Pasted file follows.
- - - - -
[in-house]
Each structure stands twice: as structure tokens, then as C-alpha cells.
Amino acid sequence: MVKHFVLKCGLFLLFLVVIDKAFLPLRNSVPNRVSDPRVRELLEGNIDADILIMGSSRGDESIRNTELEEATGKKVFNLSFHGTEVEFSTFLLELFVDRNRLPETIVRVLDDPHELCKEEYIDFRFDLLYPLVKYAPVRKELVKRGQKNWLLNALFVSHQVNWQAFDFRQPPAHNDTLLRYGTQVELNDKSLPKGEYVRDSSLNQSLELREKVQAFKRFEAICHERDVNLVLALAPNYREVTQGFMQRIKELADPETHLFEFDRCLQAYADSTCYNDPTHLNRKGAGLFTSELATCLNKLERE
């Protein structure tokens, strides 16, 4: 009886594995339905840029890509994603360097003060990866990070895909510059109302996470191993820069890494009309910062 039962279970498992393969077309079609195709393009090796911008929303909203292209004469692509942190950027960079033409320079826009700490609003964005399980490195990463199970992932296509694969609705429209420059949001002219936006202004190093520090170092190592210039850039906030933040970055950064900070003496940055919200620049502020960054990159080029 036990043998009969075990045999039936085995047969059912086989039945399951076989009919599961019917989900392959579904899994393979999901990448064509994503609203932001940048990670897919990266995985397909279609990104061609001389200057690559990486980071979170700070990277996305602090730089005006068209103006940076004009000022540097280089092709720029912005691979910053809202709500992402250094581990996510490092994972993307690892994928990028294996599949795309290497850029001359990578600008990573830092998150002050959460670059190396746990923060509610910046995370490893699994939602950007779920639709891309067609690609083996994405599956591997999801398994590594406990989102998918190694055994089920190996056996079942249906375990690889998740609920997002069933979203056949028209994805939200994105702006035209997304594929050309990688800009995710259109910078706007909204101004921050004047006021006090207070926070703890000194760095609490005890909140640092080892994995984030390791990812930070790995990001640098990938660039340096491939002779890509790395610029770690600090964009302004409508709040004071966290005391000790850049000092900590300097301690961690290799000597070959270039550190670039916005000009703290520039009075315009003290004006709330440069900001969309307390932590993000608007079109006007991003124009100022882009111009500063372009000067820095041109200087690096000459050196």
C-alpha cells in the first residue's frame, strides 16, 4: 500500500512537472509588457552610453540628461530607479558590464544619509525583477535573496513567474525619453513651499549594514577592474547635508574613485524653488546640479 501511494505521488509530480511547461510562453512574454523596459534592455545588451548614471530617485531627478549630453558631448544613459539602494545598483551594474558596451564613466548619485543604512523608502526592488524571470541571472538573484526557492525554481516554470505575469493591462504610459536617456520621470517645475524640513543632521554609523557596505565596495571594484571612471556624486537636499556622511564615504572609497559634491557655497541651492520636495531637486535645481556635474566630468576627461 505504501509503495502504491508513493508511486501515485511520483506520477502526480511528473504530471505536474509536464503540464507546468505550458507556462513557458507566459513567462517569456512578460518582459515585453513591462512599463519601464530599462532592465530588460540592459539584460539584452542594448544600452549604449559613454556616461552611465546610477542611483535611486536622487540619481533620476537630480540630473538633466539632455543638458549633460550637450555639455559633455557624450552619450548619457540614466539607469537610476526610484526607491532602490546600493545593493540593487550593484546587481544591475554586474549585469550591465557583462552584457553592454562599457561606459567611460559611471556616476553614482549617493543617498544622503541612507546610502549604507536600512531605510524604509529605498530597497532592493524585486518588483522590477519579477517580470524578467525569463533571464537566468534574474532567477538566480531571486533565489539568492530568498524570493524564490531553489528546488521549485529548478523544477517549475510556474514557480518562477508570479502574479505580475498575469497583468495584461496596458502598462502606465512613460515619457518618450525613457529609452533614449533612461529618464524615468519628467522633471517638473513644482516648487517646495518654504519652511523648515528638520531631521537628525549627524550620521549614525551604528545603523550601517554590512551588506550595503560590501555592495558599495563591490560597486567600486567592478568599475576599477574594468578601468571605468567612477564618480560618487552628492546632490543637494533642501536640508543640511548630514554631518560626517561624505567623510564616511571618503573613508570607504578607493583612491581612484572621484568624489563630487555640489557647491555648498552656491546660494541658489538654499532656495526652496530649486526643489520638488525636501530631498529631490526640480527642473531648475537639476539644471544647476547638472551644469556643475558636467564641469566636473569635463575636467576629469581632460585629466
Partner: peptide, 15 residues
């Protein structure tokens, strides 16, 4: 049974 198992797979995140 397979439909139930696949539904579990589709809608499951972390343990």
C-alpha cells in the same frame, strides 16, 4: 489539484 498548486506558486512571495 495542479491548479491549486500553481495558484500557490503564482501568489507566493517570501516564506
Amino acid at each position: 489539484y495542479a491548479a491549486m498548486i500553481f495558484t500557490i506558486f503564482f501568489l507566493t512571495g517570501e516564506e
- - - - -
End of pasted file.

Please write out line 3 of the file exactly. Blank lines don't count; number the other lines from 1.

Amino acid sequence: MVKHFVLKCGLFLLFLVVIDKAFLPLRNSVPNRVSDPRVRELLEGNIDADILIMGSSRGDESIRNTELEEATGKKVFNLSFHGTEVEFSTFLLELFVDRNRLPETIVRVLDDPHELCKEEYIDFRFDLLYPLVKYAPVRKELVKRGQKNWLLNALFVSHQVNWQAFDFRQPPAHNDTLLRYGTQVELNDKSLPKGEYVRDSSLNQSLELREKVQAFKRFEAICHERDVNLVLALAPNYREVTQGFMQRIKELADPETHLFEFDRCLQAYADSTCYNDPTHLNRKGAGLFTSELATCLNKLERE